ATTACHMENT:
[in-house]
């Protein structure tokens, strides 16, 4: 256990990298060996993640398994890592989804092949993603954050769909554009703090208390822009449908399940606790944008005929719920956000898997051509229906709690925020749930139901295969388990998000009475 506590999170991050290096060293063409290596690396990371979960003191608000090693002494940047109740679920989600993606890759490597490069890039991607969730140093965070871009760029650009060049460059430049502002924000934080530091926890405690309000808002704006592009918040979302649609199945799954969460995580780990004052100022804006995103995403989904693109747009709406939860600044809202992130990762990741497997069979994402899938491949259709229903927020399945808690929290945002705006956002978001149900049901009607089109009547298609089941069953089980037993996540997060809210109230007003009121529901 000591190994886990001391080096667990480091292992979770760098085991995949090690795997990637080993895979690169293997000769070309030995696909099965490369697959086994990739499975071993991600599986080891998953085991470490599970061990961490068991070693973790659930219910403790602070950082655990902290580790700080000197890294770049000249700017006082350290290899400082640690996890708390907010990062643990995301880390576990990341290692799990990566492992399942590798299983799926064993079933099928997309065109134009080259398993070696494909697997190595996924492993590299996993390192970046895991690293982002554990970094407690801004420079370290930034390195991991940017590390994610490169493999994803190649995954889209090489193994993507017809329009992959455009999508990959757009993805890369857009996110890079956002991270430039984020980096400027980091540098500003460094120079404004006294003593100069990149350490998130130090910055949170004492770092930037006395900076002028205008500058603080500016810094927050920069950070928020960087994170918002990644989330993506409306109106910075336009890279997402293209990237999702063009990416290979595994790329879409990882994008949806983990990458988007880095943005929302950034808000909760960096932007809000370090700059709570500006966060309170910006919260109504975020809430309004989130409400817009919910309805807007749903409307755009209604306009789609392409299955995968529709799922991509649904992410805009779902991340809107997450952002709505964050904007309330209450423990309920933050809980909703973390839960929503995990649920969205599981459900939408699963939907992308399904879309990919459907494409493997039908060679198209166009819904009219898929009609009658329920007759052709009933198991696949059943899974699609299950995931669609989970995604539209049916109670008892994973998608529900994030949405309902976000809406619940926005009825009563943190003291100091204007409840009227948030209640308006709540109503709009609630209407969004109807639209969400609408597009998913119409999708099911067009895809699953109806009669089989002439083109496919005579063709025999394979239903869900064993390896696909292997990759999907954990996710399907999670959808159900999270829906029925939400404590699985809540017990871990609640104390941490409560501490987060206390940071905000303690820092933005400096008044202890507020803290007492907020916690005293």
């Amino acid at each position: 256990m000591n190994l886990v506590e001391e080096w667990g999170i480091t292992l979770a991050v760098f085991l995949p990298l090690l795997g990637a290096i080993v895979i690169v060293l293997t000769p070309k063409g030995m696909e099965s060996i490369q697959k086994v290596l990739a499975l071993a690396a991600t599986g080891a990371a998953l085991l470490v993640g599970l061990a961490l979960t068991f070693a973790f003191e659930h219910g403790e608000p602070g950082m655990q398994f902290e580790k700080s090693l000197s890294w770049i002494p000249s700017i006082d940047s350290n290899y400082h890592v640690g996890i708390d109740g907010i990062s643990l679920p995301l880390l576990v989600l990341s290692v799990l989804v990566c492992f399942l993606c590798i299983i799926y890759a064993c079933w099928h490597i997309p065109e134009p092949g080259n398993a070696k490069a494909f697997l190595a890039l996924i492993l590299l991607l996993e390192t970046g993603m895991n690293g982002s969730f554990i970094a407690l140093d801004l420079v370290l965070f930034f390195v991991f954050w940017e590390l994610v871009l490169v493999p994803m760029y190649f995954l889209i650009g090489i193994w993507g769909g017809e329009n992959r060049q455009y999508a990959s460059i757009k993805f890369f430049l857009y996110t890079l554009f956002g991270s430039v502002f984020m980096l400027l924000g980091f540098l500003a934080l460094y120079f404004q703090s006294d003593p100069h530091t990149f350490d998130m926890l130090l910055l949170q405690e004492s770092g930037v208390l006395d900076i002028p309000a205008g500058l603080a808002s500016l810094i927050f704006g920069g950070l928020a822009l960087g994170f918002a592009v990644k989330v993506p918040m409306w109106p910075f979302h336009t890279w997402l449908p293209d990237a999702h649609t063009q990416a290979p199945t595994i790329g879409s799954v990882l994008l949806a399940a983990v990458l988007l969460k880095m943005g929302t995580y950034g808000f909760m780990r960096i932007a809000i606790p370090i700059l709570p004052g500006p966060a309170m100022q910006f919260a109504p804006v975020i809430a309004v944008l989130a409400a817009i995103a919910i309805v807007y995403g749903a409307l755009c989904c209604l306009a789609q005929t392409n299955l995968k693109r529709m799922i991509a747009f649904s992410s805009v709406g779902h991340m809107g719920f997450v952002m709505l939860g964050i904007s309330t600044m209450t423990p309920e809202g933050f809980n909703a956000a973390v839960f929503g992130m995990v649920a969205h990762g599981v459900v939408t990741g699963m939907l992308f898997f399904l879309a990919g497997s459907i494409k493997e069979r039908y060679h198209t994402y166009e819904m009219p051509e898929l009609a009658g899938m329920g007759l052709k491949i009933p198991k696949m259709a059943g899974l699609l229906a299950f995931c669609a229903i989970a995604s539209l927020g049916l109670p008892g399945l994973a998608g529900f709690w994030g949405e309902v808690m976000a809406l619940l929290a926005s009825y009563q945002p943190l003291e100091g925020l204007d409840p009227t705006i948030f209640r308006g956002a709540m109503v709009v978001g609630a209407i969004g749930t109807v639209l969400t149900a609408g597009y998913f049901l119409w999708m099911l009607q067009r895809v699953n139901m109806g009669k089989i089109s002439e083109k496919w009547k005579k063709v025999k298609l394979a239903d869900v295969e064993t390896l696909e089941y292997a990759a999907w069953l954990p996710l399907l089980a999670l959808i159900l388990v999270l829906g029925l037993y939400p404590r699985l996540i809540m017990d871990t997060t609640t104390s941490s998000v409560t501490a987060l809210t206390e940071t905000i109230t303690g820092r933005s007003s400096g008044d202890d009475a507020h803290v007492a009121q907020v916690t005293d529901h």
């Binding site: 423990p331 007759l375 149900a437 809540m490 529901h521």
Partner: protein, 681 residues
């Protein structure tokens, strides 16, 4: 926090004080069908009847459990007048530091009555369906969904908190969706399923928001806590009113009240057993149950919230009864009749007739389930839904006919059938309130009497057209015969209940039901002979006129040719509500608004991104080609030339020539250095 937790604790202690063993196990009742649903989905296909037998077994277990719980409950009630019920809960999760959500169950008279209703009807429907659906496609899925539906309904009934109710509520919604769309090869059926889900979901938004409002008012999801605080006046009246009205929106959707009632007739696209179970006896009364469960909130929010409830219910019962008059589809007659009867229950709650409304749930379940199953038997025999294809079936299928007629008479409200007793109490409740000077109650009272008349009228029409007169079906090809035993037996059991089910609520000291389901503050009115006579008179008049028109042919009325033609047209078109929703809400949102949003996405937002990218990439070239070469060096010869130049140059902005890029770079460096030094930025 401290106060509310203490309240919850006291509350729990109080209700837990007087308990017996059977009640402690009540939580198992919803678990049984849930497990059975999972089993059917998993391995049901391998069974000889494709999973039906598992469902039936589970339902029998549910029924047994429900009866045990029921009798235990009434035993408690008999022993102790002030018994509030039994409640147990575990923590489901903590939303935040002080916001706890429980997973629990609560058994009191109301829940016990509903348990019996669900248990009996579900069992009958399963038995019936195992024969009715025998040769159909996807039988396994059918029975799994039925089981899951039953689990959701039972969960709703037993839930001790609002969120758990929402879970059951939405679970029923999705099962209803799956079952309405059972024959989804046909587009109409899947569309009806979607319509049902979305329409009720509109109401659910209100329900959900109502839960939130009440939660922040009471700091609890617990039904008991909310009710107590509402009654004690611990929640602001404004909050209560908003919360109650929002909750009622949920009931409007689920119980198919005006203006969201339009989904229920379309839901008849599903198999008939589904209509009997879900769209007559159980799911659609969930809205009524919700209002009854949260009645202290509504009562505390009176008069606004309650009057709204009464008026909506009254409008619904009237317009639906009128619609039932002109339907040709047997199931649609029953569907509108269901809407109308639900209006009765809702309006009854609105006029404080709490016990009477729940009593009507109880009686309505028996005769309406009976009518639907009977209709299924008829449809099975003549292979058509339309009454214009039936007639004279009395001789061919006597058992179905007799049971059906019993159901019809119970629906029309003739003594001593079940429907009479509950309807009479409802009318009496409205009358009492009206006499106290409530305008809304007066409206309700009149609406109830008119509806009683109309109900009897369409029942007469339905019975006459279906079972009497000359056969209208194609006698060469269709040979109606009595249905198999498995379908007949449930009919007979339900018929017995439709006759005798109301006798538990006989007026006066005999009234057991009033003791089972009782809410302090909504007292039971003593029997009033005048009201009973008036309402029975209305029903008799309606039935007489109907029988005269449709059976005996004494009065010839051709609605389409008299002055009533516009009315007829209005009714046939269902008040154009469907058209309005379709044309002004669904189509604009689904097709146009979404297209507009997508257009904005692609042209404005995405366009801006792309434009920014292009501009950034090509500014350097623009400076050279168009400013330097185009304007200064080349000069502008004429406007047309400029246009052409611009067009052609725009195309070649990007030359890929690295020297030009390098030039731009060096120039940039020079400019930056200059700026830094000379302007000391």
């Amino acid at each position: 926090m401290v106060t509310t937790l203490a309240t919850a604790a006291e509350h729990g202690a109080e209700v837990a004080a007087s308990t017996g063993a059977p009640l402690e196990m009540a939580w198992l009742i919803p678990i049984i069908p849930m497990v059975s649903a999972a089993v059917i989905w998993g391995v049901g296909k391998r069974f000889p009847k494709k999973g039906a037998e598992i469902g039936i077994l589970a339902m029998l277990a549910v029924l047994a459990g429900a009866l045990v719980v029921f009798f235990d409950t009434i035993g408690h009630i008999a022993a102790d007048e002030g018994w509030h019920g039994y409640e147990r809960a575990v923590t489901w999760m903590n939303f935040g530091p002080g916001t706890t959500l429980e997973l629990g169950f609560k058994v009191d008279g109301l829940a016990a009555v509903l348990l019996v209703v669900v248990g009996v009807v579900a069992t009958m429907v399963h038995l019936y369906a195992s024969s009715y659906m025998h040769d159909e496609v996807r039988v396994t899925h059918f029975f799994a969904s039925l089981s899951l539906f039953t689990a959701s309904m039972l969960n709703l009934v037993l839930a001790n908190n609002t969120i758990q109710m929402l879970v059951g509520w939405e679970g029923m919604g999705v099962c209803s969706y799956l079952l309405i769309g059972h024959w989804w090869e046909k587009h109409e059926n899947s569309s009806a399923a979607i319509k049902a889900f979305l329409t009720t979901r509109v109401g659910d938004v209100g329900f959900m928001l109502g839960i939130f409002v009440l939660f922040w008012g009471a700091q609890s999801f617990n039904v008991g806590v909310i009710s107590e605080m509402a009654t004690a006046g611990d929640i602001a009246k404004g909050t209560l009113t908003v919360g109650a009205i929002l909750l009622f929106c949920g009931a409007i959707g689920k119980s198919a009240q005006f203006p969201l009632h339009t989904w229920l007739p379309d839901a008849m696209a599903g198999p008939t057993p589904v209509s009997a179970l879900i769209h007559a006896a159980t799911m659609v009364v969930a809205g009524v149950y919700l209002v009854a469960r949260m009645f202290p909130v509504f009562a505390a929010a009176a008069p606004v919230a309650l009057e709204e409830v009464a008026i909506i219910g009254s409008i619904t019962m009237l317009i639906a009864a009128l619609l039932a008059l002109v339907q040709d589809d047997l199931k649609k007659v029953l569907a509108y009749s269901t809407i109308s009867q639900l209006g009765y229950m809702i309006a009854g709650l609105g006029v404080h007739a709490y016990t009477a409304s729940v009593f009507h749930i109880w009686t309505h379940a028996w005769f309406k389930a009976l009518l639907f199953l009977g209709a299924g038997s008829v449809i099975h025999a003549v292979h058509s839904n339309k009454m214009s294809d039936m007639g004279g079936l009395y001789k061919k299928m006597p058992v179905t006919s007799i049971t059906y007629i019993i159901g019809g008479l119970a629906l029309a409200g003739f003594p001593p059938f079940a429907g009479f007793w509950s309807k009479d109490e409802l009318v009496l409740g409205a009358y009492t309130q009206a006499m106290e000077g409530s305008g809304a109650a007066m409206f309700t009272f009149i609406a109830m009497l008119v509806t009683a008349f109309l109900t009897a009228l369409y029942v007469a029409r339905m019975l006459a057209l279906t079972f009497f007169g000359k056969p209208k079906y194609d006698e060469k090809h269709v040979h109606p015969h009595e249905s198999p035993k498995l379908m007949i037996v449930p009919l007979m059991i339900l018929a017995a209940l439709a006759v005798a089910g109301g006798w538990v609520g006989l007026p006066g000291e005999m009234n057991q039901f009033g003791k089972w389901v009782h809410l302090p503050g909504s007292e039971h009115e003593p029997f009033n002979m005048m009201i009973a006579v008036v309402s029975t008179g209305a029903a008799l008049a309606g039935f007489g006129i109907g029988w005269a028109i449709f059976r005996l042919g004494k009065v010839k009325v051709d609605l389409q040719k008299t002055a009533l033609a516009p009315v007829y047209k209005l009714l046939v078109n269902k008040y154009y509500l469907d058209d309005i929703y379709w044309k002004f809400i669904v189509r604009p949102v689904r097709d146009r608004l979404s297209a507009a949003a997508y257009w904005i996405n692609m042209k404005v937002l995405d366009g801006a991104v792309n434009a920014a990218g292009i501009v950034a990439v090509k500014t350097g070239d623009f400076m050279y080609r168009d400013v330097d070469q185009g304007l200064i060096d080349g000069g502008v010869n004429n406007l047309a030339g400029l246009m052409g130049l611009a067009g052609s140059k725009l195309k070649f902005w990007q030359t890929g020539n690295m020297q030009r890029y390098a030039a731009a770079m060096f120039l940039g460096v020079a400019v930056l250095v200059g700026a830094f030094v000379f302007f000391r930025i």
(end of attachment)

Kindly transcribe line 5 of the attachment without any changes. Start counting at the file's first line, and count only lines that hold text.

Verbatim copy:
Partner: protein, 681 residues